History of Picacho Peak State Park
Opened & Dedicated May 30, 1968
By Charles R. Eatherly
The unique shape of the 1,500-foot Picacho Peak has been used as a landmark by travelers since prehistoric times. One of the first recordings was in the 1700’s by the Anza Expedition as it passed through the area.
In 1848, the Mormon Battalion constructed a wagon road through Picacho Pass. The forty-niners on their way to California used this road. In the late 1850’s the Butterfield Overland Stage was carrying passengers through this area. Picacho Peak’s most noted historic event occurred on April 15, 1862, when Confederate and Union scouting parties met in the Battle of Picacho Pass during the Civil War. This was the largest Civil War clash to take place in Arizona.
Picacho Peak is not a volcanic cone, but is part of a volcanic flow that has been partially eroded away. It has long been known for its spring display of wildflowers. If rains come at the right times in the winter, the spring will bring an explosion of gold to the bajadas of the mountain that appear as a tapestry of color. The wildflowers are predominantly Mexican Gold Poppies.
The Picacho Peak area was identified and included in the 1958 State Parks Board plan for potential acquisition as a State Park. This area of unique geological significance, outstanding and varied desert growth, and historical importance easily met the criteria for a State Park. During 1961, petitions to make this site a state park were received from the Coolidge City Council, Eloy Business and Professional Women’s Club, Eloy Women’s Club, Common Council of Eloy, Town Council of Florence, Oracle School District Board and the Pinal County Board of Supervisors.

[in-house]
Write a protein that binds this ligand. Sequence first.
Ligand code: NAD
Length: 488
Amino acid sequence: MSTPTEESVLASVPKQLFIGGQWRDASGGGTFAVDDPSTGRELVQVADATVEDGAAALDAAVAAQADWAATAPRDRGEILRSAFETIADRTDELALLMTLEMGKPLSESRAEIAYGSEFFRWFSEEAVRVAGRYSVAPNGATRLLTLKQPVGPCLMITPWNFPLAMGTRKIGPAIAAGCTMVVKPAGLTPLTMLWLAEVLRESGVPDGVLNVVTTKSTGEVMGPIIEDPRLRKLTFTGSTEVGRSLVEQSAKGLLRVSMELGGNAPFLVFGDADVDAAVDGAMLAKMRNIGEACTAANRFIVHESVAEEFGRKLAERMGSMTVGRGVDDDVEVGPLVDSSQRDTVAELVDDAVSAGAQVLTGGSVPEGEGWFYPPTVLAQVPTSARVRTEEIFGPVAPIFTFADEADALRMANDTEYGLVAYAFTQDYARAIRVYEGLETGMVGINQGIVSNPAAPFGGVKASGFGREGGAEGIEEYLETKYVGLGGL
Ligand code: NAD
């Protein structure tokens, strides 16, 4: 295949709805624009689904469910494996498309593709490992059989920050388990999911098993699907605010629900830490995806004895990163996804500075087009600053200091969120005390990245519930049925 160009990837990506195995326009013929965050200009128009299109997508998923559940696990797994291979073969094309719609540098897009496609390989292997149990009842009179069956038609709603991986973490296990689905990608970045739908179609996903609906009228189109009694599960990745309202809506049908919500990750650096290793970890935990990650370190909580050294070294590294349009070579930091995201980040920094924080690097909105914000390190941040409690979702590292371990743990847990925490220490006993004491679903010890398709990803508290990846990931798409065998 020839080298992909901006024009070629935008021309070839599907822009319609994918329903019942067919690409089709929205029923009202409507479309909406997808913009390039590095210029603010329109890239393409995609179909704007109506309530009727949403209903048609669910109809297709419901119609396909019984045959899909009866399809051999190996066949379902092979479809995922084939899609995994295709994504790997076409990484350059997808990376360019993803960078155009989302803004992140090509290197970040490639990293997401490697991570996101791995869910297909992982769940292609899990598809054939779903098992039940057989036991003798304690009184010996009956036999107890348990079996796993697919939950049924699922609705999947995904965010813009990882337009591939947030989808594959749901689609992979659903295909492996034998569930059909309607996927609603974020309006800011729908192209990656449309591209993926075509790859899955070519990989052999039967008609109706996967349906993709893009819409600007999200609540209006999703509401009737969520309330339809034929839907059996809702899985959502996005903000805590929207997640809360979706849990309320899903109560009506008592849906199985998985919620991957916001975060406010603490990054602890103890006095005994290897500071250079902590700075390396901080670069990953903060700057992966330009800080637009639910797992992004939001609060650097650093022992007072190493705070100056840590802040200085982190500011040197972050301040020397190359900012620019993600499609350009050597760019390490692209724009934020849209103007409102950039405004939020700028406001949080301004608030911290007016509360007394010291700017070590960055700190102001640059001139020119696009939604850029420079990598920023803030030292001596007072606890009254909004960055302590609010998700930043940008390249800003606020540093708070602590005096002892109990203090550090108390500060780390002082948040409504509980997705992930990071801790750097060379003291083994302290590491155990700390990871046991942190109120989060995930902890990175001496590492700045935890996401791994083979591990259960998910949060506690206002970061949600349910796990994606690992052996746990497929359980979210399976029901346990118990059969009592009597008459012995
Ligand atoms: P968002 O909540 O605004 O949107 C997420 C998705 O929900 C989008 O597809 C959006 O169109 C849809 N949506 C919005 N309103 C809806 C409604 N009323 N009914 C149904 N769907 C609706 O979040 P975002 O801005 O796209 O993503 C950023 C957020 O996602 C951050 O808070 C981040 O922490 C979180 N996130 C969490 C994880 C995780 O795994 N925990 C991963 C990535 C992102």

Late in 1962, State Park’s staff initiated a feasibility report on this proposed park. In March 1963, the Parks Board adopted the feasibility study and authorized Director McCarthy to begin negotiations for the acquisition of section 15 from the Bureau of Land Management (BLM). The feasibility study identified the primary purpose as protection of the resource with adequate land to develop compatible public use facilities. An interpretive program based on the unique geological and botanical significance coupled with the regional historical significance was envisioned for the park. The Park’s staff was working with the Transportation Department on the site as early as 1963 to ensure adequate access would be provided to the proposed park when the interstate highway was constructed.
With strong local support for the Park, the Legislature in Chapter 73, Laws 1965, authorized the creation of Picacho Peak State Park and appropriated funds for the acquisition of 640 acres of land (Section 15) at the site. On April 26, 1966, the agency acquired its first 640 acres through the Recreation and Public Purposes process for $2.50 per acre. Development plans were quickly completed and Jon Clow, Park Manager, initiated construction on the first park facilities and interior roads and parking areas. The State Park officially opened to the public on Memorial Day, May 30, 1968. The Civil War skirmish near Picacho Peak was commemorated at the opening day festivities by honoring the known dead and wounded from that action.
The legislature passed House Bill 217 that was signed by Governor Jack Williams and became Chapter 157, Laws 1970. This legislation authorized the purchase of an additional 2,760 acres of land from the Bureau of Land Management under the Recreation and Public Purposes Act for inclusion in the Park.
During the mid 1970s, legislation was pass that provided for land exchanges of private parcels around Picacho Peak for State trust lands. The Parks Board leased one of these exchange parcels located in Section 10 adjacent to major park developments from the State Land Department. This parcel provided an additional 258 acres to the Park when it was leased on August 1, 1981. In the 1990’s, two parcels were purchased and added to the Park for a total acreage of 3,747.